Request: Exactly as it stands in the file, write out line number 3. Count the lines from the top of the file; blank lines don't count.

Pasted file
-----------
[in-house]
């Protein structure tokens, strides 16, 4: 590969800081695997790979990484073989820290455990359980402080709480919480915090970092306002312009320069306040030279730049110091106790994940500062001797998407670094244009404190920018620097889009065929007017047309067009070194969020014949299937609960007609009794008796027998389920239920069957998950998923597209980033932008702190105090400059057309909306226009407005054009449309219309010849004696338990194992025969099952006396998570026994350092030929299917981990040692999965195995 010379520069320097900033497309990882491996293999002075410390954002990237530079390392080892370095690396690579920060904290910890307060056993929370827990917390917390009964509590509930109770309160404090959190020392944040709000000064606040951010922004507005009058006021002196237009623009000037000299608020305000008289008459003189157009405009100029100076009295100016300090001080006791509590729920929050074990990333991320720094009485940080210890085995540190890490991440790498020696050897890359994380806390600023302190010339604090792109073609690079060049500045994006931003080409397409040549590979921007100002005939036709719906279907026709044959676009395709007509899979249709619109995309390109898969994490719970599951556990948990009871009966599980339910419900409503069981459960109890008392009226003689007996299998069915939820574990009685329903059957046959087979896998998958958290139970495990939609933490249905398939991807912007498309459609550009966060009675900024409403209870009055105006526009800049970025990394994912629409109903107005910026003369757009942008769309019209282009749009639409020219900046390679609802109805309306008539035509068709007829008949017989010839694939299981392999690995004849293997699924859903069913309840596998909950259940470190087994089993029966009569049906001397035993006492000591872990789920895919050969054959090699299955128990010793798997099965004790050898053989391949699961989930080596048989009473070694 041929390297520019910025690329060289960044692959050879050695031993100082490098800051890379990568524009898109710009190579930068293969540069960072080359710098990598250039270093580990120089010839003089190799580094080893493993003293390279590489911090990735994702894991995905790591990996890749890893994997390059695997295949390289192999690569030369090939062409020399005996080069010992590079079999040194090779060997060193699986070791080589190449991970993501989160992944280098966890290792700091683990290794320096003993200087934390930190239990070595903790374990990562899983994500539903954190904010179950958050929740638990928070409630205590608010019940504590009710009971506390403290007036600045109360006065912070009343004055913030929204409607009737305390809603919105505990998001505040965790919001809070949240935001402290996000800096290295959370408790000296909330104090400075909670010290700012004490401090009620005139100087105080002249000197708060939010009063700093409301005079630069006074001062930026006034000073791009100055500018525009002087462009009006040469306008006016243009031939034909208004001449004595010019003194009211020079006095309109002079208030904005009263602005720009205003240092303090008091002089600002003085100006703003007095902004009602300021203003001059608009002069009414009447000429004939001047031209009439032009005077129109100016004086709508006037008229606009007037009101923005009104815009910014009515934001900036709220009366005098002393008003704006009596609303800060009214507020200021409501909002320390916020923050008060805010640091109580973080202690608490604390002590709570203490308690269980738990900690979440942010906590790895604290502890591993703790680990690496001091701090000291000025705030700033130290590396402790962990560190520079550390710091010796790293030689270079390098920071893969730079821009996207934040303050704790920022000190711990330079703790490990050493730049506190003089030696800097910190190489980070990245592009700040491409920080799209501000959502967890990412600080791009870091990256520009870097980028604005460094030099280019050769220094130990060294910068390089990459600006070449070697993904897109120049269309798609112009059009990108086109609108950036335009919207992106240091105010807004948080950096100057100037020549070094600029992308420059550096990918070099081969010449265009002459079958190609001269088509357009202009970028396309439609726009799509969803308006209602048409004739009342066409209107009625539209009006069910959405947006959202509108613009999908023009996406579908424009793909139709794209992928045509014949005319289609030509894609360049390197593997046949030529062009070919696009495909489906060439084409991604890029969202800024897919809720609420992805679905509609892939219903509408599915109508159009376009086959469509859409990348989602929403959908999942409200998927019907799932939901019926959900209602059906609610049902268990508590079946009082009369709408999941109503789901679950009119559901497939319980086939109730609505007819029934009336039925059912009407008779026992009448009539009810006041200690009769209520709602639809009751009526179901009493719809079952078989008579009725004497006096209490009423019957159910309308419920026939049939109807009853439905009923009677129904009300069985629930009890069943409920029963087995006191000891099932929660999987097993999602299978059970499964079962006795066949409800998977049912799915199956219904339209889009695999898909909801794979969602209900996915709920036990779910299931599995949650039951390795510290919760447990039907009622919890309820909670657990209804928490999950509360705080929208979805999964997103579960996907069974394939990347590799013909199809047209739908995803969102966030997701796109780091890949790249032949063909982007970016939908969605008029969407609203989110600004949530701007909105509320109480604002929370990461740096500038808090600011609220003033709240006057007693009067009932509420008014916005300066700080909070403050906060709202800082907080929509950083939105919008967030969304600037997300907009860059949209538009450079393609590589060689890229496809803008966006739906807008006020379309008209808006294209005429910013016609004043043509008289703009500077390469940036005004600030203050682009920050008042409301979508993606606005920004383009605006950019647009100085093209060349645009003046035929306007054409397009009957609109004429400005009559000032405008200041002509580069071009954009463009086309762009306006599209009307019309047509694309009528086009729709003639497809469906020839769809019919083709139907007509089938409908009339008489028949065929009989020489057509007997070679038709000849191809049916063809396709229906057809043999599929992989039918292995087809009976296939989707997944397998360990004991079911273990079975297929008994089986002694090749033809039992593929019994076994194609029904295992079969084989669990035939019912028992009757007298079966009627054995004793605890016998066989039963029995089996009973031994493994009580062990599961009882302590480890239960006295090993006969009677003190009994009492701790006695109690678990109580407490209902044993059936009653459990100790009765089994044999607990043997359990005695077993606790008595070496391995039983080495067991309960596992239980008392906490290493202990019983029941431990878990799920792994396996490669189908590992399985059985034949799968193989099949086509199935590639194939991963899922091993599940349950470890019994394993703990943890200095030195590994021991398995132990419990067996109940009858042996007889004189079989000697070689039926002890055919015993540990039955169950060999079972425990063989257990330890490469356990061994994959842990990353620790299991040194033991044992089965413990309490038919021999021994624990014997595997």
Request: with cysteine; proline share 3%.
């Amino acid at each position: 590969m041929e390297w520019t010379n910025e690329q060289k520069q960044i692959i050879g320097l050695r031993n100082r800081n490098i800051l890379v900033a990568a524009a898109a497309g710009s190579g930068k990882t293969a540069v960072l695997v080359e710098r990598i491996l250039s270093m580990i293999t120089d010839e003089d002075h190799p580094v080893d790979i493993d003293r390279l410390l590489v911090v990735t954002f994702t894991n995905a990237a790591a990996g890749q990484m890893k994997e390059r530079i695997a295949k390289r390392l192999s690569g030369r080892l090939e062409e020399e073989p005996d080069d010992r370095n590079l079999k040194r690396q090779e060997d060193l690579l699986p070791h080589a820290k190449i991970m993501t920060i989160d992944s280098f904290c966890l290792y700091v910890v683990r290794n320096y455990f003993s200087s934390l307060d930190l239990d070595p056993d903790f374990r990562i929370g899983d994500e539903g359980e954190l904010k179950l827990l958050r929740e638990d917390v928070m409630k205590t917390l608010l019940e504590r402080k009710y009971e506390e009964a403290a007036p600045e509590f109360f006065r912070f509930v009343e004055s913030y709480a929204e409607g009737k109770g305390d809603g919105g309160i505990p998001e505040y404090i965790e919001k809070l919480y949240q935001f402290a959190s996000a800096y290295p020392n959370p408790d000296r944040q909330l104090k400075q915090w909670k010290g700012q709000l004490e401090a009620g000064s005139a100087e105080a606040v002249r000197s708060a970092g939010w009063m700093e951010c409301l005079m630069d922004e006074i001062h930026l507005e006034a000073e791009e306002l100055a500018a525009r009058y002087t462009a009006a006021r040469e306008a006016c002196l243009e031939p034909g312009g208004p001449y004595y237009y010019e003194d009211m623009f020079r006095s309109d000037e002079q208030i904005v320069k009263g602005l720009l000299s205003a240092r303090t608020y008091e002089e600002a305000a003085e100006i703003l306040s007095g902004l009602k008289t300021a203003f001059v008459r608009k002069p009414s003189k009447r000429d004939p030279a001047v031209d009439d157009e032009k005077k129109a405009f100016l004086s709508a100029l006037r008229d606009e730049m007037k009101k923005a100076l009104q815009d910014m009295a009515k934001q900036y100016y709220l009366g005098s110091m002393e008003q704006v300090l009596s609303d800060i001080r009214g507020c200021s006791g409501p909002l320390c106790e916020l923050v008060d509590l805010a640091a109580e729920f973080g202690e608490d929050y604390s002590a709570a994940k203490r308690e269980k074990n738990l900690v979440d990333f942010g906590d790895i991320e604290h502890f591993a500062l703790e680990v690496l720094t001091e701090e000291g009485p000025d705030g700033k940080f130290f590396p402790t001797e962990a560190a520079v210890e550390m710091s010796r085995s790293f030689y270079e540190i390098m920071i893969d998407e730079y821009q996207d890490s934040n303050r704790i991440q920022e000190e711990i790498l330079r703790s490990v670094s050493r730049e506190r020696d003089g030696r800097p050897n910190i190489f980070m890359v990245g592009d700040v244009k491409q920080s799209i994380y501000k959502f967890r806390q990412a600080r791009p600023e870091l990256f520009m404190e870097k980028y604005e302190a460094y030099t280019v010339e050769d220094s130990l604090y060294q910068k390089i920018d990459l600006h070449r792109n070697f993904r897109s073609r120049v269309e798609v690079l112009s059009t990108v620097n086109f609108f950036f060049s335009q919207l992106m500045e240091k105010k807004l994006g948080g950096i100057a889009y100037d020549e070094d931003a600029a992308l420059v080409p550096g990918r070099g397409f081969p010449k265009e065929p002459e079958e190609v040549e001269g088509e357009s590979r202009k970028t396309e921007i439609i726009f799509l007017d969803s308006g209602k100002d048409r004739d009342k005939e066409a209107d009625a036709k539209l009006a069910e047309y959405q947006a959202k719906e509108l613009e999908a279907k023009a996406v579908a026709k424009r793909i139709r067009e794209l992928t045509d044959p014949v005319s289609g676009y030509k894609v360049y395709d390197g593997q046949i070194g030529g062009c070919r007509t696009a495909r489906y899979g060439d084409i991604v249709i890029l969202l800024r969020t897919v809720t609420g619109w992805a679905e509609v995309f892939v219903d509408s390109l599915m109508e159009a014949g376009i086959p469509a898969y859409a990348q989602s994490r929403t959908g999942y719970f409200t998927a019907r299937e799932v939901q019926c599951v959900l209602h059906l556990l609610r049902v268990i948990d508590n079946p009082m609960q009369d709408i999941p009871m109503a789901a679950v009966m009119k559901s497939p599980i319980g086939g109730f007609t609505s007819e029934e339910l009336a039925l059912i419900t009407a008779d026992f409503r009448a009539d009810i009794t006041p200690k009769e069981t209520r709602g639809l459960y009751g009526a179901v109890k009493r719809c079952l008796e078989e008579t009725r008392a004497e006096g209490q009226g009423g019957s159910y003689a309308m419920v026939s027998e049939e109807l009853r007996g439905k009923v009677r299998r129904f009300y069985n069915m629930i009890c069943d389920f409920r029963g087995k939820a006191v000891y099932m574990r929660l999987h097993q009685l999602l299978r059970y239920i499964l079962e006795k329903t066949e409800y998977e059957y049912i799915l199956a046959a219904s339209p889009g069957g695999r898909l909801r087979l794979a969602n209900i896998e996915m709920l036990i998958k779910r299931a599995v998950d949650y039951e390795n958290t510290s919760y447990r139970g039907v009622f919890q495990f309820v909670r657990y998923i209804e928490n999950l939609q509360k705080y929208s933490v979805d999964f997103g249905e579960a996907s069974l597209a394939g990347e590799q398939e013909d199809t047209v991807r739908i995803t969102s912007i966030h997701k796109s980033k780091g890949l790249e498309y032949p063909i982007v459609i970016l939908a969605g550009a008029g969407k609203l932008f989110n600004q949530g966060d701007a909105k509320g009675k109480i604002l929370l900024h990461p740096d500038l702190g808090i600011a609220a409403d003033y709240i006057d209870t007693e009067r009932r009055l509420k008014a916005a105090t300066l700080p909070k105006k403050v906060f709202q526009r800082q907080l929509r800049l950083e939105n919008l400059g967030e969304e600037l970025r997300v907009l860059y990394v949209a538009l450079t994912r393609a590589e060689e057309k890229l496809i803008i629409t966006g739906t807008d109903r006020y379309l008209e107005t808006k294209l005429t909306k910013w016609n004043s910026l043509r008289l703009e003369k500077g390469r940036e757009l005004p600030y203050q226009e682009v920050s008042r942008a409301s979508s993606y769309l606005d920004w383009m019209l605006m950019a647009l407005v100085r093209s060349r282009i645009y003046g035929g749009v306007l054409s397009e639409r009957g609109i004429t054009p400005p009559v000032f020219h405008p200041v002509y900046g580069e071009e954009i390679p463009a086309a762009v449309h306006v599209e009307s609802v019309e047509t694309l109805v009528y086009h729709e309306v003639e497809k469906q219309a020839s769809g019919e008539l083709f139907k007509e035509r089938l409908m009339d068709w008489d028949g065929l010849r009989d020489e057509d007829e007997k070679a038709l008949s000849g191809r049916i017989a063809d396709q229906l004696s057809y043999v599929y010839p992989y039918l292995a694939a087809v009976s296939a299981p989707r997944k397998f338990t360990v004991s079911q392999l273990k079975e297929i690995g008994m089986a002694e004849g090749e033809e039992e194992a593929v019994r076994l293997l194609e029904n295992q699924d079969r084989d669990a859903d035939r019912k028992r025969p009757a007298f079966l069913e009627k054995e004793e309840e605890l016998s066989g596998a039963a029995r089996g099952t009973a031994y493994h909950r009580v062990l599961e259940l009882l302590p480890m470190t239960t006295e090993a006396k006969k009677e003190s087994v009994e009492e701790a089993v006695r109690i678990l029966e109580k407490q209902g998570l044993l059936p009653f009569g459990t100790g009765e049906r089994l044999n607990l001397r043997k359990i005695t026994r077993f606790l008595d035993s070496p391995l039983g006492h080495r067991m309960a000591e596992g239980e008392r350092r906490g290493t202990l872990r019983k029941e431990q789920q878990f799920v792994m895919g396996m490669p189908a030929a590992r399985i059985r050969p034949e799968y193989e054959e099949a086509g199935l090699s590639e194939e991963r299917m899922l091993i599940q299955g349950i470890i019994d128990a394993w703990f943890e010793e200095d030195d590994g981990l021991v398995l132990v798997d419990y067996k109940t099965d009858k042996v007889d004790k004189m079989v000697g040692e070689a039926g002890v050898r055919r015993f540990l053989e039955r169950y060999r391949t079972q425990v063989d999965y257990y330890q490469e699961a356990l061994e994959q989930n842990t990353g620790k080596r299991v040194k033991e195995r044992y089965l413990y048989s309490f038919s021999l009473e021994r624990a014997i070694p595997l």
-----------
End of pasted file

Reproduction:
Request: with cysteine; proline share 3%.